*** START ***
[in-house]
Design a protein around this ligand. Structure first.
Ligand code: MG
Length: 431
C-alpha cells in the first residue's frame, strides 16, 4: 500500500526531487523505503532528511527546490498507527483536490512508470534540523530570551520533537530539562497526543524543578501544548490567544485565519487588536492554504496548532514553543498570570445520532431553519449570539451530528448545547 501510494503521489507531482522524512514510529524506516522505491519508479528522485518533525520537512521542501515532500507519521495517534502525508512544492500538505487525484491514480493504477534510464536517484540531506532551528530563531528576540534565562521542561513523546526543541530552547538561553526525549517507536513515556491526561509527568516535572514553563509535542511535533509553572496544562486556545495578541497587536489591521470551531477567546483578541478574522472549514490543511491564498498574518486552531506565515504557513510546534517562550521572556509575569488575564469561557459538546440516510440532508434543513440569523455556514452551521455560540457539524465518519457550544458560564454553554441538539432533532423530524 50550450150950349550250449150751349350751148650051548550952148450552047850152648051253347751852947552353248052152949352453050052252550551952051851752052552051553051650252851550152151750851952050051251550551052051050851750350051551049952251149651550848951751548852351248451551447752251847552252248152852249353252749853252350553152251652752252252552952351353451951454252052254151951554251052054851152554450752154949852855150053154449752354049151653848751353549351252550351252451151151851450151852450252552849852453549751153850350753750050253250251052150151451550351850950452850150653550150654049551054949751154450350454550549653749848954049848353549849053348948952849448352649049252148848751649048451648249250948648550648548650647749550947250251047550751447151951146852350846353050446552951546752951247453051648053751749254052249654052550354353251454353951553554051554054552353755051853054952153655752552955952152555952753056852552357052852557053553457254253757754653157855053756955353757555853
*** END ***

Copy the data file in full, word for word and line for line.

[in-house]
Design a protein around this ligand. Structure first.
Ligand code: MG
Length: 431
C-alpha cells in the first residue's frame, strides 16, 4: 500500500526531487523505503532528511527546490498507527483536490512508470534540523530570551520533537530539562497526543524543578501544548490567544485565519487588536492554504496548532514553543498570570445520532431553519449570539451530528448545547 501510494503521489507531482522524512514510529524506516522505491519508479528522485518533525520537512521542501515532500507519521495517534502525508512544492500538505487525484491514480493504477534510464536517484540531506532551528530563531528576540534565562521542561513523546526543541530552547538561553526525549517507536513515556491526561509527568516535572514553563509535542511535533509553572496544562486556545495578541497587536489591521470551531477567546483578541478574522472549514490543511491564498498574518486552531506565515504557513510546534517562550521572556509575569488575564469561557459538546440516510440532508434543513440569523455556514452551521455560540457539524465518519457550544458560564454553554441538539432533532423530524 50550450150950349550250449150751349350751148650051548550952148450552047850152648051253347751852947552353248052152949352453050052252550551952051851752052552051553051650252851550152151750851952050051251550551052051050851750350051551049952251149651550848951751548852351248451551447752251847552252248152852249353252749853252350553152251652752252252552952351353451951454252052254151951554251052054851152554450752154949852855150053154449752354049151653848751353549351252550351252451151151851450151852450252552849852453549751153850350753750050253250251052150151451550351850950452850150653550150654049551054949751154450350454550549653749848954049848353549849053348948952849448352649049252148848751649048451648249250948648550648548650647749550947250251047550751447151951146852350846353050446552951546752951247453051648053751749254052249654052550354353251454353951553554051554054552353755051853054952153655752552955952152555952753056852552357052852557053553457254253757754653157855053756955353757555853